SHELBYVILLE, Ind. - Just days after the start of summer, the state of Indiana has its first sign of West Nile Virus. The disease showed up in a batch of mosquitoes from Shelby County.
The Indiana State Department of Health says the West Nile outlook for this year will depend on the weather in the next couple of weeks.
A sample of mosquitoes collected June 9th near Sunset Park in Shelbyville turned up positive for West Nile Virus. Christina Letsinger lives near the park.
"My grandchildren come and play here a lot. They're in the backyard, it does worry me," said Christina Letsinger.
Letsinger said West Nile nearby is a bit frightening. But the Indiana State Department of Health said people shouldn't sound the alarm just yet.
"Anytime we get a big rainfall event, we expect that it will lead to a big increase in mosquitoes, usually in a week to ten days or so," said Bryan Price, Senior Vector-Borne Epidemiologist with the Indiana State Department of Health.
Price said the first positive West Nile batch occurs about this time every year, but the rain and more nuisance-biting mosquitoes, as they're called, doesn't necessarily mean more West Nile.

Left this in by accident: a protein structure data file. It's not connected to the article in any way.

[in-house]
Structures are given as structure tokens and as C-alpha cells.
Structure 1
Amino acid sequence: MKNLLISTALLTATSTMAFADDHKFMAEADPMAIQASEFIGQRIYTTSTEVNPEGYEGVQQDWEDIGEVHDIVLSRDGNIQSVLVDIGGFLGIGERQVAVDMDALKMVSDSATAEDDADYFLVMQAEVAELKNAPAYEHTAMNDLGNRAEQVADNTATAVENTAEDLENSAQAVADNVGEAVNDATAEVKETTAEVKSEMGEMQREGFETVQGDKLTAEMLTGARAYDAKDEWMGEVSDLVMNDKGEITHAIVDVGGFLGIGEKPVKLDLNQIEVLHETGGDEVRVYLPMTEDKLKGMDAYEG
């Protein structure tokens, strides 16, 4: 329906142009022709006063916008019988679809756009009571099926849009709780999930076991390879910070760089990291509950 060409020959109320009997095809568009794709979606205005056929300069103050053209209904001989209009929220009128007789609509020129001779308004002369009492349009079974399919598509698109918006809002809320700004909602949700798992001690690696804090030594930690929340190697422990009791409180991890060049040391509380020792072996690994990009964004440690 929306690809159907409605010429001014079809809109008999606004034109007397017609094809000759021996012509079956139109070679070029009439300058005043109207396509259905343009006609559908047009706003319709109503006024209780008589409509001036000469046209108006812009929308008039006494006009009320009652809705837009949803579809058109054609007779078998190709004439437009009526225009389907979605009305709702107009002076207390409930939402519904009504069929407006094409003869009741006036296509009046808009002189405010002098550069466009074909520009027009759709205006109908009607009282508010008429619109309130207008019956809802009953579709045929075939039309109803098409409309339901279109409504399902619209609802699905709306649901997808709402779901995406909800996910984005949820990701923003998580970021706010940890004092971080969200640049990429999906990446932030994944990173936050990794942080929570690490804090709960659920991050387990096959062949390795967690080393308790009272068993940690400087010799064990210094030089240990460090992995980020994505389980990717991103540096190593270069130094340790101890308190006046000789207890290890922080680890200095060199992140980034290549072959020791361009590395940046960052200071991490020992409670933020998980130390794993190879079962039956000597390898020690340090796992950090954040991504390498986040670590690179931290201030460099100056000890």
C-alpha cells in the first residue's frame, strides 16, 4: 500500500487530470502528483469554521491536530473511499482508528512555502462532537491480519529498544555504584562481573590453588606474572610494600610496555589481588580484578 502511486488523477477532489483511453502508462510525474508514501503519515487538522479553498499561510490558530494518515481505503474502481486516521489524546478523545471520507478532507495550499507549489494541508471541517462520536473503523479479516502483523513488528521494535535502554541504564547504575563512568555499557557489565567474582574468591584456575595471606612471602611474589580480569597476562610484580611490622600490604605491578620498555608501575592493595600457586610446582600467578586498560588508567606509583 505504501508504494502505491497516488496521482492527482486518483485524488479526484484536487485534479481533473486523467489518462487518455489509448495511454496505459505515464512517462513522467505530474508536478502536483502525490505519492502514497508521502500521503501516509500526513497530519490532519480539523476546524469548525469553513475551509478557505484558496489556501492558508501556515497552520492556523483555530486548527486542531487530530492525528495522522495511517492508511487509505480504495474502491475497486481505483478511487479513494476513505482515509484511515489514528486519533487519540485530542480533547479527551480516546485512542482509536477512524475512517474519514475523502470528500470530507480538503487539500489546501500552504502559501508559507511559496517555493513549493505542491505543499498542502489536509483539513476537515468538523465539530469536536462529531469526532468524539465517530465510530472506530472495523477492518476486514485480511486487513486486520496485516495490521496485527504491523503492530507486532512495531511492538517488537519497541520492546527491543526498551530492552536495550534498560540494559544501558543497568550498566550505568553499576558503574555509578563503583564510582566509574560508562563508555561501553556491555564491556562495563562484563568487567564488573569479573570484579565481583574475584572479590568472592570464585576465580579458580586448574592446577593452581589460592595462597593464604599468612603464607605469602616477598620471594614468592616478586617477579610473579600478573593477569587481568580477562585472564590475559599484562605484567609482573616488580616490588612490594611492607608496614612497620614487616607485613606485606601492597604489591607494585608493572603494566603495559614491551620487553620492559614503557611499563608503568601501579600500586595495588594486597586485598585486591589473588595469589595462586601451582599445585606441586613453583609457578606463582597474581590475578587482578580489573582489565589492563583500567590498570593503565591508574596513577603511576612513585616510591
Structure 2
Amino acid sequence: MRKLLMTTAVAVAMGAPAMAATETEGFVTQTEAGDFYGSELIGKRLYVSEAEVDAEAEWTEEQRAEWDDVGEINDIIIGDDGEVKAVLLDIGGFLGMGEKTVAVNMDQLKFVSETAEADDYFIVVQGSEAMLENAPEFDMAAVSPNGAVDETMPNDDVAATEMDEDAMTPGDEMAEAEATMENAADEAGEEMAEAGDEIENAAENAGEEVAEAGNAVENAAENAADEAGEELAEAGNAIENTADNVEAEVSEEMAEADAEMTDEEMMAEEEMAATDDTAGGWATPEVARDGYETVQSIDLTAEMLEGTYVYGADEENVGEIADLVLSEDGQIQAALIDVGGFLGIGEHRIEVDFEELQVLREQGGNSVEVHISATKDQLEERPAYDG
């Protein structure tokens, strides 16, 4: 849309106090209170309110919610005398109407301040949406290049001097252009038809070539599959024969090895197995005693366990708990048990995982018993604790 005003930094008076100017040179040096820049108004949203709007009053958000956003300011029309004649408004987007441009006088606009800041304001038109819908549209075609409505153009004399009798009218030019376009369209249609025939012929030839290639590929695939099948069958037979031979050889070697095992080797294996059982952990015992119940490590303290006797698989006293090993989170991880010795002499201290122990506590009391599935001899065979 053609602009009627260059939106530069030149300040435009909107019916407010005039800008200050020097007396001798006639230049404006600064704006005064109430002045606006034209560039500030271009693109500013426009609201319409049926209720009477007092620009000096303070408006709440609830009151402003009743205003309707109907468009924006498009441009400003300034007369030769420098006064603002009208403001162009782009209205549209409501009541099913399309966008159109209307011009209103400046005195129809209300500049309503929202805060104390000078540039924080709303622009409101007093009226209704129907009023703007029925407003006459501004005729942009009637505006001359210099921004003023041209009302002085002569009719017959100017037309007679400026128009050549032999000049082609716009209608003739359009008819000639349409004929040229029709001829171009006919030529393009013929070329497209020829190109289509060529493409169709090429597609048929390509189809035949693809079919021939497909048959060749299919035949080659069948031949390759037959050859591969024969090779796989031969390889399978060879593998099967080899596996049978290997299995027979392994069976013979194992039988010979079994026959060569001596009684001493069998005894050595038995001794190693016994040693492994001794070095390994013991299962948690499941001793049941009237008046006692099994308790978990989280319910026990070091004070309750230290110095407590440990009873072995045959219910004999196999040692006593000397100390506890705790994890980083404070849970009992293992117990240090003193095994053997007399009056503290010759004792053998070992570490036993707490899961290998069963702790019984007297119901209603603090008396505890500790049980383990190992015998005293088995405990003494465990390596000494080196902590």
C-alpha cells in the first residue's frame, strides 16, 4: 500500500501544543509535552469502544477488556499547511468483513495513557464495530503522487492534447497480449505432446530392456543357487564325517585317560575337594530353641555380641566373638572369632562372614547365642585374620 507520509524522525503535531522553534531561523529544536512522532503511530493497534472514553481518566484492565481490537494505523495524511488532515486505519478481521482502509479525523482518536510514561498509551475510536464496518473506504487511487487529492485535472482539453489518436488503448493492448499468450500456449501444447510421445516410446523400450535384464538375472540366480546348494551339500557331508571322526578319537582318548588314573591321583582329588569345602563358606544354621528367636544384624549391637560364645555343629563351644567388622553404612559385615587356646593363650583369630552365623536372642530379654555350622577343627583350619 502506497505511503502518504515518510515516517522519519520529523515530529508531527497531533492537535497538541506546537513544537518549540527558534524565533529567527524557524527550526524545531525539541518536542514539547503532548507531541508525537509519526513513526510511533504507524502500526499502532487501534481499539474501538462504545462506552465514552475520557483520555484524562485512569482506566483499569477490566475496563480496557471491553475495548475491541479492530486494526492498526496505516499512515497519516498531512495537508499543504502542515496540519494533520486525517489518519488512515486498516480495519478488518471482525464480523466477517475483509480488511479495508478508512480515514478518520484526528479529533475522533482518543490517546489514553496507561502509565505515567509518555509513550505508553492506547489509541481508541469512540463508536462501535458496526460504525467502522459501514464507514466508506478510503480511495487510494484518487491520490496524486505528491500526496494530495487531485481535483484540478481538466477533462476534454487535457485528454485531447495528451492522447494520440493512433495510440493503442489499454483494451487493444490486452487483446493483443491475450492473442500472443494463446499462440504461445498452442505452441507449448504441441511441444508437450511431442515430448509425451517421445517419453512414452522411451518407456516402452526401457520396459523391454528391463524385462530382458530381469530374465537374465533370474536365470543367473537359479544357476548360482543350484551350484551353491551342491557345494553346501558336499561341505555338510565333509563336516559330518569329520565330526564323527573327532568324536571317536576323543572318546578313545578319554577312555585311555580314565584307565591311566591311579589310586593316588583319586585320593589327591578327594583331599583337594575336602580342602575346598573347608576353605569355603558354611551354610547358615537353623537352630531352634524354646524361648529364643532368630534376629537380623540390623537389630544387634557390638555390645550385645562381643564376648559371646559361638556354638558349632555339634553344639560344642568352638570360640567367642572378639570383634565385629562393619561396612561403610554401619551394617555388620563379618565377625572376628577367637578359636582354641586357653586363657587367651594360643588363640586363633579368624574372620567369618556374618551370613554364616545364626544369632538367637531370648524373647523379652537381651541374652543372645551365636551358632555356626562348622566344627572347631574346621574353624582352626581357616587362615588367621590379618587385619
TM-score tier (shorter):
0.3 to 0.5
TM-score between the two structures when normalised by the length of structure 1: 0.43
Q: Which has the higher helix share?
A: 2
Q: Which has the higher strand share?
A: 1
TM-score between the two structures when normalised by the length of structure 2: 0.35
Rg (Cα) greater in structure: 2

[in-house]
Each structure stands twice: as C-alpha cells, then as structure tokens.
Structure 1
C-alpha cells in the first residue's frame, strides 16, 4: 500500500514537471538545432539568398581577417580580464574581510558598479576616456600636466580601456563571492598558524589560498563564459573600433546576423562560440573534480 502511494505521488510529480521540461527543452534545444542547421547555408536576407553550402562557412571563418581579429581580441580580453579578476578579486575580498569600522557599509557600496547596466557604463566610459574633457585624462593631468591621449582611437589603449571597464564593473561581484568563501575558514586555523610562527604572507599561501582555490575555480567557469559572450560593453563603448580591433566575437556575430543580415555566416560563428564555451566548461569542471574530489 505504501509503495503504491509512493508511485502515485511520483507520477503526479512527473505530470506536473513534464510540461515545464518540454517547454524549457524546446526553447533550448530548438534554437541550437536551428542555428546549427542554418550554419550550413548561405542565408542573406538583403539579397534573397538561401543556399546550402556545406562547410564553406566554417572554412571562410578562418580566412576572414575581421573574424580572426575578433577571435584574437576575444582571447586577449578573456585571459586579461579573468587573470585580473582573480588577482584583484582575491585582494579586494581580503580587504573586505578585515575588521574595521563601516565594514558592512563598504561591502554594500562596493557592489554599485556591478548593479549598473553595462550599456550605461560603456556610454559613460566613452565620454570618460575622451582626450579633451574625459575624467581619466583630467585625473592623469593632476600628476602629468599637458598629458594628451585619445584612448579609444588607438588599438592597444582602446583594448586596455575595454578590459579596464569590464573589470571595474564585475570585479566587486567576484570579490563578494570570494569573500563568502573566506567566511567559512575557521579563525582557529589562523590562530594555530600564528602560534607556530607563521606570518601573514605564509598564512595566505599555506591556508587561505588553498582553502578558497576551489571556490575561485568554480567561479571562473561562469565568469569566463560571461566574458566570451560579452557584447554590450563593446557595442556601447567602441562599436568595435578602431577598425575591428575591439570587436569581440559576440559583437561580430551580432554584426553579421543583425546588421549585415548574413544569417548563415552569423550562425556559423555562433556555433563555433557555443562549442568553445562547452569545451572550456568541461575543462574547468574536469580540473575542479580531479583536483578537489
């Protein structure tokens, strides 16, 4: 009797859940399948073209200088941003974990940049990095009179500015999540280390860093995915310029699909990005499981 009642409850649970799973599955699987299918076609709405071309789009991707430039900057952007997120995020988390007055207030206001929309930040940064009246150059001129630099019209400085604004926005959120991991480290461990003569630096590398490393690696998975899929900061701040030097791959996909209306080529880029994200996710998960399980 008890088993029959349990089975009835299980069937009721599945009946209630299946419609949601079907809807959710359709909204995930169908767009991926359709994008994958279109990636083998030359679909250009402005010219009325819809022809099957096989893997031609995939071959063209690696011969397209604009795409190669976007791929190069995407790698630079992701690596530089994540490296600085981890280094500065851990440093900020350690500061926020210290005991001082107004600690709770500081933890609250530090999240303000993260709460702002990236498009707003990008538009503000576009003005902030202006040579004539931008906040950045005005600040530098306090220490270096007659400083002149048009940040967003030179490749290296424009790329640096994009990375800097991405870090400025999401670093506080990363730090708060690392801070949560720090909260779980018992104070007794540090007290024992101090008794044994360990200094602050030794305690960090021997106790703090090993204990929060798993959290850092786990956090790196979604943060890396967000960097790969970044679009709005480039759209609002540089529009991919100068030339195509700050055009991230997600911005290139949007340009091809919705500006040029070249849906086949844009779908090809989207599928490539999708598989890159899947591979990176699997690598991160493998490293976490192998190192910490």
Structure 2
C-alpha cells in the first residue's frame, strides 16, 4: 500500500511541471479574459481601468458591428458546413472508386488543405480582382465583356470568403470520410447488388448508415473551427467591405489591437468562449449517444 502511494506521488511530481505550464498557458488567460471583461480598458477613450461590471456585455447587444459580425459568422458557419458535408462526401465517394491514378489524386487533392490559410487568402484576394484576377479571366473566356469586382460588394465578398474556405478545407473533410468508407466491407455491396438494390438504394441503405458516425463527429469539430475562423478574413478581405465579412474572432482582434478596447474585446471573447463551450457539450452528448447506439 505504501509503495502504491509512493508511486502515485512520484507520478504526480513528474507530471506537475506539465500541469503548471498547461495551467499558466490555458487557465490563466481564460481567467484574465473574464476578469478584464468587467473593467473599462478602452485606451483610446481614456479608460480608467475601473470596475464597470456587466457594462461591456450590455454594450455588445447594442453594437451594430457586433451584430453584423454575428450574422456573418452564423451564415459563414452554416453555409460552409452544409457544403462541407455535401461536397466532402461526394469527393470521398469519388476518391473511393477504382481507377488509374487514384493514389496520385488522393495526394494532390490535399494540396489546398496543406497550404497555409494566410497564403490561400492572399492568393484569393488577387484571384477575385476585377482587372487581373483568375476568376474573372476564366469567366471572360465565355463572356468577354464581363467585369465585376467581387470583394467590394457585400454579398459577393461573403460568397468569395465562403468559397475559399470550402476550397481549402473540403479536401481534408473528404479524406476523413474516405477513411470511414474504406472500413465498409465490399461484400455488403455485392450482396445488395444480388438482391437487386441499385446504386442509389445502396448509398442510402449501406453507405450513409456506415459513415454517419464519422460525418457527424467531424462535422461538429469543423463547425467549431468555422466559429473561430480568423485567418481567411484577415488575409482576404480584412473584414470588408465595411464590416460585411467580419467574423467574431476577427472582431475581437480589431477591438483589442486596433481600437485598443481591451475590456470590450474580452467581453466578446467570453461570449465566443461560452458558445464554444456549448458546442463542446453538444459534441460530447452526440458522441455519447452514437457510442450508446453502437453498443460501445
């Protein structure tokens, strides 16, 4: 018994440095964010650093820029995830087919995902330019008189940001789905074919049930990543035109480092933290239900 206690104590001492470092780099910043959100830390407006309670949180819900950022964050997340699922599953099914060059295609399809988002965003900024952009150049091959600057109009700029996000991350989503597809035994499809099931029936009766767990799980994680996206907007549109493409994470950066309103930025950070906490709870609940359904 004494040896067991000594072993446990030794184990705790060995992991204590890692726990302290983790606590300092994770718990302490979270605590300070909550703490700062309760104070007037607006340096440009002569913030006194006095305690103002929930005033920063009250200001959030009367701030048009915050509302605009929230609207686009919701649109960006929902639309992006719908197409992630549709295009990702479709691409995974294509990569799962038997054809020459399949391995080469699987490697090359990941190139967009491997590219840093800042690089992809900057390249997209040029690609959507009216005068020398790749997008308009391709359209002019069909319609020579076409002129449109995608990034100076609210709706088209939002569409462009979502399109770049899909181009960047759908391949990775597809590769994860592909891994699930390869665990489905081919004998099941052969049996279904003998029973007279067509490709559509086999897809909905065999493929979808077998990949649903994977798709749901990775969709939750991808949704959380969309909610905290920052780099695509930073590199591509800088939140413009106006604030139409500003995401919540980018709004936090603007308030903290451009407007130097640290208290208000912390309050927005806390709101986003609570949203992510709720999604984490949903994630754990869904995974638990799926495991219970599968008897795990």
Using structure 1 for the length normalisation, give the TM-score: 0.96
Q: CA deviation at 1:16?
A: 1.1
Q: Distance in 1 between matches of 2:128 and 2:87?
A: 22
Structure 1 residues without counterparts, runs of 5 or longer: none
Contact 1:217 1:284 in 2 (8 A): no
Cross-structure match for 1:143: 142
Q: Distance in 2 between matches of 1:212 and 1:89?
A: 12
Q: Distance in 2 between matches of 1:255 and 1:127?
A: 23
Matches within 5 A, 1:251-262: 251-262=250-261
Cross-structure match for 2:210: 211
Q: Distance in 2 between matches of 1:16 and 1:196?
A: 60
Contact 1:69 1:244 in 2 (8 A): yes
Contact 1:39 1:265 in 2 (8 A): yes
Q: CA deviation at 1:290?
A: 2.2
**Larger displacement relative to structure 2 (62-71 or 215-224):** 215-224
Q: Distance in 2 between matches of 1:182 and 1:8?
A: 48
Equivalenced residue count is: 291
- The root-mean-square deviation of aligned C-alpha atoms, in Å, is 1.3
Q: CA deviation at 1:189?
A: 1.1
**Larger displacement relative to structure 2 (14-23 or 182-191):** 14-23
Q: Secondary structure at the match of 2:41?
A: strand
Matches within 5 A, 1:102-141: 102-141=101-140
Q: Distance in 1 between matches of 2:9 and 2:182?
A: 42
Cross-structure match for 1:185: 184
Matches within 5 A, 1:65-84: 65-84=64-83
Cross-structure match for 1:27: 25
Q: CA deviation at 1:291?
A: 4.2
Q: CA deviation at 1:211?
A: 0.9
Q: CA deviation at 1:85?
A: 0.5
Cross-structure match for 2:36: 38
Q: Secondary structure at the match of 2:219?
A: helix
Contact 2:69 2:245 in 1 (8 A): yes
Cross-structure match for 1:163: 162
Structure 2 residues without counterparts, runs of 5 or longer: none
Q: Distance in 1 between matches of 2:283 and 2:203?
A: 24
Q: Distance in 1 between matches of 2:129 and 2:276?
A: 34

"What really concerns us though as far as West Nile is concerned is if the weather conditions become hot and dry," said Price.
Scientists will be watching the weeks to come. Hot and dry weather creates perfect breeding conditions for Culex mosquitoes, the kind that carry West Nile Virus. They replicate in stagnant water, often in the heat of summer.
"When we have hot and dry conditions, that leads to more stagnant water sitting around, and that leads to more of those mosquitoes," said Price.
The Shelby County Health Department will treat the area around the park as a result of the positive test. Christina Letsinger said she'll do her part, too, making sure the water her grandchildren play in gets dumped out often.
"I have a pool in the backyard, and I change it about everyday," she said.
Price said it's best to go over your property since there's been so much rain to see where water may be collecting. You're advised to dump out and turn over any containers where water can stand.
As far as protecting yourself, experts recommend wearing repellent with Deet and making sure you are covered at dawn and dusk.
So far this season, there's been no report of any human cases of West Nile Virus. You can track mosquitoes tested and recorded by the ISDH by following this link.